Happy 2012.....

  • rate this
    +7

    Comment number 114.

    Corrupted rating agencies in America, Enron Lehman Brothers and others all got AAA for years.AAA rated toxic dept and loans given to countries in europe why is anybody taking any notice of these agencies and what is their agenda.Countries in a resession need to expand the economy to increase tax base for paying back loans.the rating agencies are frightening contries into doing the wrong things.

  • rate this
    +4

    Comment number 113.

    Good. A cheery little non-story to begin the year with.

    We don't get natural disasters repeatedly visited on us as in Pakistan, New Zealand, and Africa.... so we should have every chance of getting traction with our issues during 2012.

    I'm not saying it will be anything but difficult, but it is at least in our own hands.

  • rate this
    +1

    Comment number 112.

    More non news the Euro should not be some iconic currencvy that should be kept at all costs it would be a policitcal failure if it went but not an economic one. There lies the problem political ego's the sooner all these countires take a step back and look what this currency can do for them and realise that it is not essential for their respective economies the better. Trade yes the Euro no.

  • rate this
    +2

    Comment number 111.

    #30 Luther_Wesley-Baxter: Your comment is irresponsible. Many people believe that what you say (or anyone else) is the attitude of your country; consequently, you create animosity toward your own country. p.s. your application for the diplomatic corps has been rejected.

  • rate this
    +3

    Comment number 110.

    Our leaders sought to make themselves permanently elected by telling us we could have it all as long as we kept quiet and paraded through the voting booths as we were told to.

    Now we shall see if the fatal flaw of modern democracy - bribery, both internal and external will be its undoing?

  • rate this
    +6

    Comment number 109.

    Rating agencies gave Greece an economic bill of health facilitating her entry to the EU, which would suggest they hardly took their investigative task seriously. Then they play around with ratings of other countries and sit back waiting to accumulate. Something's rotten and it's not in the state of Denmark.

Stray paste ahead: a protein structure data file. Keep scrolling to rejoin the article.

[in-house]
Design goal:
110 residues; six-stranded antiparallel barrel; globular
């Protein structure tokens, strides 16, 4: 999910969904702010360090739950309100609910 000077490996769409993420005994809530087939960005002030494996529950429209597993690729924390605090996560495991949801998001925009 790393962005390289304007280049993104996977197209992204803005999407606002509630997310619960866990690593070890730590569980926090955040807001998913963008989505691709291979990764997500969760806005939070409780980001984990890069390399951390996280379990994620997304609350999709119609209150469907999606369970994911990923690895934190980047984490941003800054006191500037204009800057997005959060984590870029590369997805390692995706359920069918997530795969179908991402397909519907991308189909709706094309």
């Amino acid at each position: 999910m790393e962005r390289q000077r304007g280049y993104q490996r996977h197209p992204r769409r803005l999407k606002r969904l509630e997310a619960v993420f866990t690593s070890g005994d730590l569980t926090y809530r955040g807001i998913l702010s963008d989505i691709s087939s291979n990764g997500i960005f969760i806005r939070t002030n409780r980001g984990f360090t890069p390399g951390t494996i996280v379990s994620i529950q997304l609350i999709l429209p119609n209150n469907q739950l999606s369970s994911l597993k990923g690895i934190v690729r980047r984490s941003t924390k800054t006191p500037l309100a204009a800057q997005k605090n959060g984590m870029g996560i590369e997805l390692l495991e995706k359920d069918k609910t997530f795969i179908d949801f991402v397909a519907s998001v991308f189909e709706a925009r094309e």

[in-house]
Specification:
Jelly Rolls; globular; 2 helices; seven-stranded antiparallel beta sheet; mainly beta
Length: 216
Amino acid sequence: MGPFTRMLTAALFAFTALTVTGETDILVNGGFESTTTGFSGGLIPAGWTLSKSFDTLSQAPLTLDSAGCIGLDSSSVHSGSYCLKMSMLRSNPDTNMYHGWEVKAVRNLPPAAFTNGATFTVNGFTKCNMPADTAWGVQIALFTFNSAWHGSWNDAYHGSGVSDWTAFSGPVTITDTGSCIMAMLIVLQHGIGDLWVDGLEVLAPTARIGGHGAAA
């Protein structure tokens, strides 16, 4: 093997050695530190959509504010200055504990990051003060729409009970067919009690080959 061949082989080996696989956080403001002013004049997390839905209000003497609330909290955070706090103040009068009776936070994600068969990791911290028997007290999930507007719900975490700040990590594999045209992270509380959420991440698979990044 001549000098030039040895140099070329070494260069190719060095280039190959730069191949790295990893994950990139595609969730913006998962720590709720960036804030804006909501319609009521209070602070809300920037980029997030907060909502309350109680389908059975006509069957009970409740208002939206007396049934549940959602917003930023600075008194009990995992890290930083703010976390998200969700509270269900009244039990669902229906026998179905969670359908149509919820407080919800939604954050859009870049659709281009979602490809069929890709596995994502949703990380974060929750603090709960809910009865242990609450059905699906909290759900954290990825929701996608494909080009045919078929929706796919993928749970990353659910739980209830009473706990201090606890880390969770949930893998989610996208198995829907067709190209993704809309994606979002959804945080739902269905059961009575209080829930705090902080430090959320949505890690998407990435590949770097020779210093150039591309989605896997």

• rate this
    +1

    Comment number 108.

    101: "Why are we so fucssed on doing business with the economic wastelands of Europe when there is a whole new market in the BRICs countries and elsewhere?"

    Because the Eurozone is the world's biggest market, bigger than all the BRIC's countries put together.

  • rate this
    +5

    Comment number 107.

    Enjoy the spectacle. £100 million yachts (notice plural) moored up for the Olympics, while folk with no work and no hope of work perish not a mile away. Some person, institution, body or government needs to re-evaluate their values if they have any. How's life Mr Branson, Mr Clapton, Mr Ecclestone etc...?

  • rate this
    +2

    Comment number 106.

    We all know there is no better way to spur on growth than to keep on about doom and gloom, it loosens wallets and encourages spending lol.

    We need to buckle our belts has never helped to pay tax or create jobs, whilst we need to the government to do that we need a little hope for the rest of us.

  • rate this
    +2

    Comment number 105.

    Why can't they just shut up for a bit?

  • rate this
    +1

    Comment number 104.

    These countries brought debt with them into Euro. Divide up what is now owing between them and go back where they were.
    That way they have control and if they make a further mess - cannot blame anyone else